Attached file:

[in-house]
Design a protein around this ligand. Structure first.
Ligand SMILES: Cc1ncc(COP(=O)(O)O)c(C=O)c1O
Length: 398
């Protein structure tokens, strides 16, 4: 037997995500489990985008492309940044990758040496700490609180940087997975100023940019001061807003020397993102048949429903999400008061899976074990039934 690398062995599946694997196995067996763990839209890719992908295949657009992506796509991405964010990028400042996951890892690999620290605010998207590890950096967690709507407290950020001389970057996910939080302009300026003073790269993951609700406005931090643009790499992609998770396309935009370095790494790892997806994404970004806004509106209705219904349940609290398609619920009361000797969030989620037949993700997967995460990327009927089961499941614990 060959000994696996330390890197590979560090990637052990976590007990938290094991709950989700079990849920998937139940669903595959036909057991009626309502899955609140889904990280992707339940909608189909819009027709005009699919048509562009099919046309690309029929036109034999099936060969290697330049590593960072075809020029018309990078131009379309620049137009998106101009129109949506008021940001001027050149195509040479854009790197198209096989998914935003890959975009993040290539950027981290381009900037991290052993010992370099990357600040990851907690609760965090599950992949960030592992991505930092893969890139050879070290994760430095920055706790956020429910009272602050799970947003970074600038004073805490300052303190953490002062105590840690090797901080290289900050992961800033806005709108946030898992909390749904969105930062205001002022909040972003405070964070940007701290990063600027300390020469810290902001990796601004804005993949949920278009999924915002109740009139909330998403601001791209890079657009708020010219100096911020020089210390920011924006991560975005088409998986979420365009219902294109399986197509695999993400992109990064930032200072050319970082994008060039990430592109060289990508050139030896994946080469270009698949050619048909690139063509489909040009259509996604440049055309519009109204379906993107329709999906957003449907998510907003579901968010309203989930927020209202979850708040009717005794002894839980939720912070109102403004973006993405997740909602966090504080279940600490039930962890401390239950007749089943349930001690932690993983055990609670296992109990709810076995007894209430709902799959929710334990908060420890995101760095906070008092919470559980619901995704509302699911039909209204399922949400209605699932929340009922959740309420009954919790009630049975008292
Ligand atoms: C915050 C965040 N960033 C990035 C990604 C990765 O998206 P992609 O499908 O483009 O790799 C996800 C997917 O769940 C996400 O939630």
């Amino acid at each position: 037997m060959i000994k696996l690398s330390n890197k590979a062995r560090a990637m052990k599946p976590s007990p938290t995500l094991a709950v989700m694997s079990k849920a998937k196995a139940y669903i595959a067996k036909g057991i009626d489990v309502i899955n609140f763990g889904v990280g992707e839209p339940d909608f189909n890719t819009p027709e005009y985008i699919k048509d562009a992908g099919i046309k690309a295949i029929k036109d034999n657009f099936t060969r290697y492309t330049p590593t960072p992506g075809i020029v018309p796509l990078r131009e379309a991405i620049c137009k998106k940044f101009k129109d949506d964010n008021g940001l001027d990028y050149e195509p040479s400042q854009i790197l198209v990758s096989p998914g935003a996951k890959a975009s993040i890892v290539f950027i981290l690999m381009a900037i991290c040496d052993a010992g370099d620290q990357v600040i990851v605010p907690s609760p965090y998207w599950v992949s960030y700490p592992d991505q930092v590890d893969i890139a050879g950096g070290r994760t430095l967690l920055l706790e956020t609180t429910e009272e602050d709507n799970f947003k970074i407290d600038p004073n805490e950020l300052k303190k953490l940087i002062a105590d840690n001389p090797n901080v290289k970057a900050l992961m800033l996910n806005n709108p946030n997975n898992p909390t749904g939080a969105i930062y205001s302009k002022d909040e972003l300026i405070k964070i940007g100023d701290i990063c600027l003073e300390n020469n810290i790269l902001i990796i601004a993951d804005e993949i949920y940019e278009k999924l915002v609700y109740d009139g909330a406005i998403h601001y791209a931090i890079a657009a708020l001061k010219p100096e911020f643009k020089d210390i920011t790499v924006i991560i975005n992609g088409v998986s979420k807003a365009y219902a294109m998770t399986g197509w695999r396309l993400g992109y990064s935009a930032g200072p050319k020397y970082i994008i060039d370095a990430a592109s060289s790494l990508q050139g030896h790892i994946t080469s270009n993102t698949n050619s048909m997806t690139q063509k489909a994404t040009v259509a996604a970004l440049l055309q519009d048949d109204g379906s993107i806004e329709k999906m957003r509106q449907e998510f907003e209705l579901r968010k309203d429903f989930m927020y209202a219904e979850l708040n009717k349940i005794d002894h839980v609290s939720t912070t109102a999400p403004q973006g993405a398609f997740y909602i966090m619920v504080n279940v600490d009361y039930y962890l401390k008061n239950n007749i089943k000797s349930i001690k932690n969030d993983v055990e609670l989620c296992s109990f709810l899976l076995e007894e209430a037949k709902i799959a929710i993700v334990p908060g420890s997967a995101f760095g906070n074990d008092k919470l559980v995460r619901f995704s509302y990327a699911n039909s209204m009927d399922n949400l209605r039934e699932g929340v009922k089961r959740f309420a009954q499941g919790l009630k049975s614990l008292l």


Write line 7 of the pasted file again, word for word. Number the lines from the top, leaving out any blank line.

């Amino acid at each position: 037997m060959i000994k696996l690398s330390n890197k590979a062995r560090a990637m052990k599946p976590s007990p938290t995500l094991a709950v989700m694997s079990k849920a998937k196995a139940y669903i595959a067996k036909g057991i009626d489990v309502i899955n609140f763990g889904v990280g992707e839209p339940d909608f189909n890719t819009p027709e005009y985008i699919k048509d562009a992908g099919i046309k690309a295949i029929k036109d034999n657009f099936t060969r290697y492309t330049p590593t960072p992506g075809i020029v018309p796509l990078r131009e379309a991405i620049c137009k998106k940044f101009k129109d949506d964010n008021g940001l001027d990028y050149e195509p040479s400042q854009i790197l198209v990758s096989p998914g935003a996951k890959a975009s993040i890892v290539f950027i981290l690999m381009a900037i991290c040496d052993a010992g370099d620290q990357v600040i990851v605010p907690s609760p965090y998207w599950v992949s960030y700490p592992d991505q930092v590890d893969i890139a050879g950096g070290r994760t430095l967690l920055l706790e956020t609180t429910e009272e602050d709507n799970f947003k970074i407290d600038p004073n805490e950020l300052k303190k953490l940087i002062a105590d840690n001389p090797n901080v290289k970057a900050l992961m800033l996910n806005n709108p946030n997975n898992p909390t749904g939080a969105i930062y205001s302009k002022d909040e972003l300026i405070k964070i940007g100023d701290i990063c600027l003073e300390n020469n810290i790269l902001i990796i601004a993951d804005e993949i949920y940019e278009k999924l915002v609700y109740d009139g909330a406005i998403h601001y791209a931090i890079a657009a708020l001061k010219p100096e911020f643009k020089d210390i920011t790499v924006i991560i975005n992609g088409v998986s979420k807003a365009y219902a294109m998770t399986g197509w695999r396309l993400g992109y990064s935009a930032g200072p050319k020397y970082i994008i060039d370095a990430a592109s060289s790494l990508q050139g030896h790892i994946t080469s270009n993102t698949n050619s048909m997806t690139q063509k489909a994404t040009v259509a996604a970004l440049l055309q519009d048949d109204g379906s993107i806004e329709k999906m957003r509106q449907e998510f907003e209705l579901r968010k309203d429903f989930m927020y209202a219904e979850l708040n009717k349940i005794d002894h839980v609290s939720t912070t109102a999400p403004q973006g993405a398609f997740y909602i966090m619920v504080n279940v600490d009361y039930y962890l401390k008061n239950n007749i089943k000797s349930i001690k932690n969030d993983v055990e609670l989620c296992s109990f709810l899976l076995e007894e209430a037949k709902i799959a929710i993700v334990p908060g420890s997967a995101f760095g906070n074990d008092k919470l559980v995460r619901f995704s509302y990327a699911n039909s209204m009927d399922n949400l209605r039934e699932g929340v009922k089961r959740f309420a009954q499941g919790l009630k049975s614990l008292l």